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November 12, 2014

Saudi Price War Threatens Canadian Oil Producers

Saudi Arabia is rattling the oil sector with a price war that many think is aimed at U.S. oil producers. But there’s an easier price war to win: with Canadian tar-sands operators.

By Matt Badiali, editor, S&A Resource Report, via Growth Stock Wire & Wolf Street:

Saudi Arabia is rattling the oil sector, and that’s bad news for some of the most popular oil stocks on the market.

Last week, the leader of the Organization of the Petroleum Exporting Countries (OPEC) – the oil cartel that has effectively set the oil price for decades – raised the export price of crude oil to Asia… but cut the export price of crude oil to the U.S. The market went crazy. Oil prices slumped to multiyear lows. News outlets everywhere shouted that Saudi Arabia was taking a shot at the U.S. shale boom.

But they’re wrong. While it’s true that U.S. shale companies will be affected by low oil prices, Saudi Arabia is actually threatening Canadian oil producers.

As regular Growth Stock Wire readers know, new drilling techniques have allowed the U.S. to tap into vast oil and gas reserves locked away in shale. This sent U.S. oil production soaring 63% from the low in 2008 to today. That’s a massive increase in a short period of time.

The “tight oil” coming from U.S. shale is light, sweet crude oil. What our oil refiners really want – what they were set up to run – is the heavier, sour crude oil… the kind that comes from Canada and Saudi Arabia.

That means the U.S. still imports crude oil from Canada and Saudi Arabia. But over the past few years, the U.S. has been shifting from importing oil from Saudi Arabia to importing oil from Canada.
From 1994 to 2000, Canada and Saudi Arabia were roughly equal in terms of oil exports to the U.S. But as you can see from the chart below, since 2000, the U.S. has looked more to Canada than the Saudis for oil imports.

Over the past few years, this reversal has really shown. In 2013, the U.S. imported an average of about 1.3 million barrels of oil per day from Saudi Arabia. In August, that fell to just 894,000 barrels per day. That’s a 31% decline in imports.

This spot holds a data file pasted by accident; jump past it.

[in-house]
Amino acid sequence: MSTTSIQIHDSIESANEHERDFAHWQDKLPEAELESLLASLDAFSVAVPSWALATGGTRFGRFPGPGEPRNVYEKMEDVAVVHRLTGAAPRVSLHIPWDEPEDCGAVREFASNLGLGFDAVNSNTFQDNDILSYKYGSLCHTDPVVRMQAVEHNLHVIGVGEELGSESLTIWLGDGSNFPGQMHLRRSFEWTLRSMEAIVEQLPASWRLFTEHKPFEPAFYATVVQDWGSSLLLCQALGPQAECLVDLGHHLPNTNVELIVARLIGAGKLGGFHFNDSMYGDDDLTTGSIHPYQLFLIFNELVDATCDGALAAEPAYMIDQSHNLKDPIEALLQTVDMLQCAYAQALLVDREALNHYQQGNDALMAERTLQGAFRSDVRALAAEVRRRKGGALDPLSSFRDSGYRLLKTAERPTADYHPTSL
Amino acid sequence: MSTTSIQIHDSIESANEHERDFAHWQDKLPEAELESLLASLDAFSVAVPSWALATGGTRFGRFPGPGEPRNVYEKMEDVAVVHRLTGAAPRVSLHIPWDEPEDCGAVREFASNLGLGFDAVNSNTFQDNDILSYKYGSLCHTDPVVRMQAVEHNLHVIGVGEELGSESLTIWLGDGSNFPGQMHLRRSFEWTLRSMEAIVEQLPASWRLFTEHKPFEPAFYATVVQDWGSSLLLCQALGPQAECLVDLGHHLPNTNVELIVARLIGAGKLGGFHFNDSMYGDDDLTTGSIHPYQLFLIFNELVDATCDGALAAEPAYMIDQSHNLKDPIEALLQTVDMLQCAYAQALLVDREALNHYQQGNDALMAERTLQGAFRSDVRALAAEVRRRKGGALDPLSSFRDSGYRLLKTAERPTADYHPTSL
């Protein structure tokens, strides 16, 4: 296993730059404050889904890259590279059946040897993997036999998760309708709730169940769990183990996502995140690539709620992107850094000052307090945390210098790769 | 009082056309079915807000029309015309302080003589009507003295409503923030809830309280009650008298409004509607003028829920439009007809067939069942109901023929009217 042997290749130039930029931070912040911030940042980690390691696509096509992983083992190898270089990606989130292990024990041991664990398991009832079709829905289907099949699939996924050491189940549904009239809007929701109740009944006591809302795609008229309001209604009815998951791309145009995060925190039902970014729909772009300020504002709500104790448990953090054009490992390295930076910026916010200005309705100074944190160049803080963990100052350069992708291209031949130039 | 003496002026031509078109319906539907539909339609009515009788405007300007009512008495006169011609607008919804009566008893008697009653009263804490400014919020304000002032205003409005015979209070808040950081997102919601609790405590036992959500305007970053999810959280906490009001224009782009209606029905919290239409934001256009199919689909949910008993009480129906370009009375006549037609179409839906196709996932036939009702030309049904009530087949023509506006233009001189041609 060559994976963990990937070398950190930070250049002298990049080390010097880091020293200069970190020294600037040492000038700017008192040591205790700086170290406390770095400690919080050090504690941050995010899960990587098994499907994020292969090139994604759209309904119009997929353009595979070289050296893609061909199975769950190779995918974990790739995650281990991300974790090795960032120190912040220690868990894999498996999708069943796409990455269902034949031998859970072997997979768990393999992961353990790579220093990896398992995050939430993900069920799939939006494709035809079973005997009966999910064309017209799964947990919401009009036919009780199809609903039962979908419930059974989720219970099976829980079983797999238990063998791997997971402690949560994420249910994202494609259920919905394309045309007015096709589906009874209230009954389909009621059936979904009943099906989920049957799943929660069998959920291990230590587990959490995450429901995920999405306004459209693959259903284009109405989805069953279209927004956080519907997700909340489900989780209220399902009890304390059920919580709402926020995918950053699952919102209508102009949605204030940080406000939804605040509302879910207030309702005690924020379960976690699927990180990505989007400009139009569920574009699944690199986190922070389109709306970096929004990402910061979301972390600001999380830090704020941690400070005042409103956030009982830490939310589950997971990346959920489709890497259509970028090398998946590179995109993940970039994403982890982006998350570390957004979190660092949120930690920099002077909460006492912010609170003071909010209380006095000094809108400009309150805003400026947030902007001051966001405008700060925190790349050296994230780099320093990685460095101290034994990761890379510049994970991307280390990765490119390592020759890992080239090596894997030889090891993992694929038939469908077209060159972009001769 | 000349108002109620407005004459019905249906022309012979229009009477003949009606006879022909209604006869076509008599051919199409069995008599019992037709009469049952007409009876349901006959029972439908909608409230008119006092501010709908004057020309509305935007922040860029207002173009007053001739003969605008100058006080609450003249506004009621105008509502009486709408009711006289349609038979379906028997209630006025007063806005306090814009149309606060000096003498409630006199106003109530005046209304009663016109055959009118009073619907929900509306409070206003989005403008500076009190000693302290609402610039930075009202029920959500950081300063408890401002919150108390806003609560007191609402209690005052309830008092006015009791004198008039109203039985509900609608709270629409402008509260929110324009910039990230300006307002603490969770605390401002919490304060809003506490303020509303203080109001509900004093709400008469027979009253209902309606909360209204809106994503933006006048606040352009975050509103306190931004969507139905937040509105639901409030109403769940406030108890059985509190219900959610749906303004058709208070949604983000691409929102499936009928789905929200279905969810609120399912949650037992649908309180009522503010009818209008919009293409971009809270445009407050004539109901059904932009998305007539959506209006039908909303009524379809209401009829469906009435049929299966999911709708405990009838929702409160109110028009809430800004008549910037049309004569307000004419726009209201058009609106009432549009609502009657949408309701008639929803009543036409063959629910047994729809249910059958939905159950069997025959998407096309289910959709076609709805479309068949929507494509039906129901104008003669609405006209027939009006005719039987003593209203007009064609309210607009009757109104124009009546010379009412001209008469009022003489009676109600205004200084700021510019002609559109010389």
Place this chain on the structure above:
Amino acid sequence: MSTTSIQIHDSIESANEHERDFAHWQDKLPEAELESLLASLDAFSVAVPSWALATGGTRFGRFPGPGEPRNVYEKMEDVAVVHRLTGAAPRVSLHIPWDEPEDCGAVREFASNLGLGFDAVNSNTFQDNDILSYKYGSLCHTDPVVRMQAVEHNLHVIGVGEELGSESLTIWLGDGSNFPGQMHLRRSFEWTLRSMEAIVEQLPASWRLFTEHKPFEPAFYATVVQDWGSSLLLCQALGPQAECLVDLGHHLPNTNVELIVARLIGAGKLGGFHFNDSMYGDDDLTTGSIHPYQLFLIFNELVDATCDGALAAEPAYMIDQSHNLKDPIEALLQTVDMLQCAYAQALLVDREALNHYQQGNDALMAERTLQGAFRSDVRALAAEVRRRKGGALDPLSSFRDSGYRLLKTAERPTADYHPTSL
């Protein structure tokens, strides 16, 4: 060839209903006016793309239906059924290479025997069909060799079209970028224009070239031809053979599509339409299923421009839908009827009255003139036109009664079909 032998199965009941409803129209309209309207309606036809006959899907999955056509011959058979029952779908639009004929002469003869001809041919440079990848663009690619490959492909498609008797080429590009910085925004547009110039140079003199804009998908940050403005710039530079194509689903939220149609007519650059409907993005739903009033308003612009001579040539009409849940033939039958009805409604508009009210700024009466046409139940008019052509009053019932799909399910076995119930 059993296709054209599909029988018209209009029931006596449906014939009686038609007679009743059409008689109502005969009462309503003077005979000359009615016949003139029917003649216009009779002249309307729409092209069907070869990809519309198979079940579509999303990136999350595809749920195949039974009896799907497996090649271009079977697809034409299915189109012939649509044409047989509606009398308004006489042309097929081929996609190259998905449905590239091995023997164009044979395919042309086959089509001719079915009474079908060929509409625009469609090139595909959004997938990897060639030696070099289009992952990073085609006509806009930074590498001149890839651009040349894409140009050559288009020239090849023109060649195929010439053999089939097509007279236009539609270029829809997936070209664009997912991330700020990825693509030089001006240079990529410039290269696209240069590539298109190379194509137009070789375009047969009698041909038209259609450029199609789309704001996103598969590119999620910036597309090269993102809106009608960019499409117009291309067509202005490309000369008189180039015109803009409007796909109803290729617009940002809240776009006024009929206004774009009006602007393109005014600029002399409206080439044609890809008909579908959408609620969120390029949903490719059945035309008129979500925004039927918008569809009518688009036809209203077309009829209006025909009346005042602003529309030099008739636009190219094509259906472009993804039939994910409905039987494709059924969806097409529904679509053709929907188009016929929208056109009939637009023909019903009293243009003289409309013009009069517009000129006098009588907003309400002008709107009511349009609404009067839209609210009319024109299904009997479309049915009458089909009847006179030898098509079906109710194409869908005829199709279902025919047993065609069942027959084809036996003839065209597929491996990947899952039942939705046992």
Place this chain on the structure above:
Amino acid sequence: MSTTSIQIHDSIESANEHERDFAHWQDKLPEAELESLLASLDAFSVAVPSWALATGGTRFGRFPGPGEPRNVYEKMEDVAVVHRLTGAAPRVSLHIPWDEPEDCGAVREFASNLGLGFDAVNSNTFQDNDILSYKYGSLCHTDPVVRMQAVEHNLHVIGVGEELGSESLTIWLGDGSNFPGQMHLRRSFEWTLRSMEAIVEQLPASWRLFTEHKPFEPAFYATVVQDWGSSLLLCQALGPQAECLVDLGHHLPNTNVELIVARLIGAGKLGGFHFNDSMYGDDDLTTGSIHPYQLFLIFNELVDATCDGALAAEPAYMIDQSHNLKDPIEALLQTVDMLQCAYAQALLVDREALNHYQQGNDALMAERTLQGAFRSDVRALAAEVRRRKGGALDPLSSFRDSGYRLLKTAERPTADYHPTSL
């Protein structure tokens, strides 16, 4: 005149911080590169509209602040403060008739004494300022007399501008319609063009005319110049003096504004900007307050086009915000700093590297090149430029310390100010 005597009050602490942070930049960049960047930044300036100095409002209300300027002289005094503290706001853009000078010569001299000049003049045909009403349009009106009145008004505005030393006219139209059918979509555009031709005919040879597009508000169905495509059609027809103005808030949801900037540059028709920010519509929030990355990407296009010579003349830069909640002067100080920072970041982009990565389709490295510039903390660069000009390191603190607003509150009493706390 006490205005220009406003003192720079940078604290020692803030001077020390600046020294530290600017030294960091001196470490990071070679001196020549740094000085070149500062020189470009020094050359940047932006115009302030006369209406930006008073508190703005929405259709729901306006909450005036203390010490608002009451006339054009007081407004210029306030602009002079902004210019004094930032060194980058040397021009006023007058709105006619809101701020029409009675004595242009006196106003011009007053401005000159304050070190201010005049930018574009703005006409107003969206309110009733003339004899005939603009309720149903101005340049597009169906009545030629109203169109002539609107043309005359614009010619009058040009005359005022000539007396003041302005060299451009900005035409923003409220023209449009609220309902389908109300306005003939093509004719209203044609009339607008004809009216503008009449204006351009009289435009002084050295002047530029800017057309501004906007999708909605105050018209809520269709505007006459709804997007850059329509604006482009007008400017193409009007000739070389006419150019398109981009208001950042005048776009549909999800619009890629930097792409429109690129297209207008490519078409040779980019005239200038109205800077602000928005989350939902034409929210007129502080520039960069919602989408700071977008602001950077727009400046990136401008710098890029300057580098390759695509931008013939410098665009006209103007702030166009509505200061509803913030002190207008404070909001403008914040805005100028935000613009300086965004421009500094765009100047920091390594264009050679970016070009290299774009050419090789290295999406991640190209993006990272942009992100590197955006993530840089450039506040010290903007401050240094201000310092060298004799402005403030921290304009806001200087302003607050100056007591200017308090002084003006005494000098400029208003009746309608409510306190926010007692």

Meanwhile, the U.S. imported 3.1 million barrels of oil per day from Canada in 2013. In August, that number went up to 3.4 million barrels per day. That’s a nearly 10% increase in imports.
So a lot of the imports the U.S. cut from Saudi Arabia are now coming from Canada. For Saudi Arabia, this has been a huge hit to its sales. It’s hard to find new buyers for crude oil right now. So Saudi Arabia is taking a shot at Canada because it knows it can likely win a price war.

Much of Canada’s crude oil comes from tar sands. The tar sands are full of thick asphalt-like bitumen. To extract oil, tar-sands producers have to dig up bitumen and run it through expensive processing facilities to produce quality crude oil. That’s much more expensive than conventional oil production in Saudi Arabia – which essentially consists of sticking a straw in the ground and watching oil gush out.

Because of these high costs, tar-sands companies have thin profit margins.

When oil rises, these thin margins can soar… and share prices soar with them. But when oil prices fall, this leverage works the other way, and share prices can plummet.

The best tar-sands companies need to get $50 per barrel for their oil to break even. The rest need between $50 and $90 per barrel. Today, a barrel of bitumen sells for just $56. So many tar-sands companies are losing money. And the best ones are watching their profits get squeezed. The squeeze is already affecting these companies’ share prices. Many are down low double-digits since June.

And with Saudi Arabia pushing down the price of oil, profits – and share prices – are going to fall even more.

We saw something similar happen in 2008…

During the global crisis in 2008, the price of oil plunged. It ended up falling nearly two-thirds from the start of 2008 to its bottom in 2009 at $34 per barrel. The decline nearly killed the oil sands sector.
For example, let’s look at tar-sand giant Suncor. Suncor is one of the top 20 largest energy companies by market cap. It owns refineries in Canada and a small amount of oil production around the world. But its main business is in the tar sands.

In 2008, Suncor’s average sale price of a barrel of bitumen was $90. In 2009, the average price dropped to $54.

Suncor’s results of operations (results of operations is a metric used by Bloomberg to measure the profitability of operations) fell with the bitumen price from C$3 billion in 2008 to less than C$700 million in 2009… a drop of more than 75%.

And shares of Suncor fell 80% from their high in 2008 to their low the same year. (Despite its poor operational performance, Suncor shares recovered with the rest of the market in the second half of 2009.)

Other tar-sands companies fared even worse.

Shares of mid-sized tar-sands operator Opti-Canada fell from $25 in 2008 to just $0.12 in 2009. That’s a 99% decline.

In 2008, Opti-Canada’s market value was $4.5 billion. But in 2011, the company was acquired by giant Chinese oil company CNOOC for just $38 million.

Oil prices would need to stay low for a while before we see that kind of selloff again – especially in tar-sand giants like Suncor and Canadian Oil Sands Trust. But with Saudi Arabia essentially starting a price war with Canada, I recommend saying out of Canadian tar-sands companies right now. 

Courtesy Matt Badiali, Growth Stock Wire via Wolf Street.

The views and opinions expressed herein are the author's own, and do not necessarily reflect those of EconMatters.

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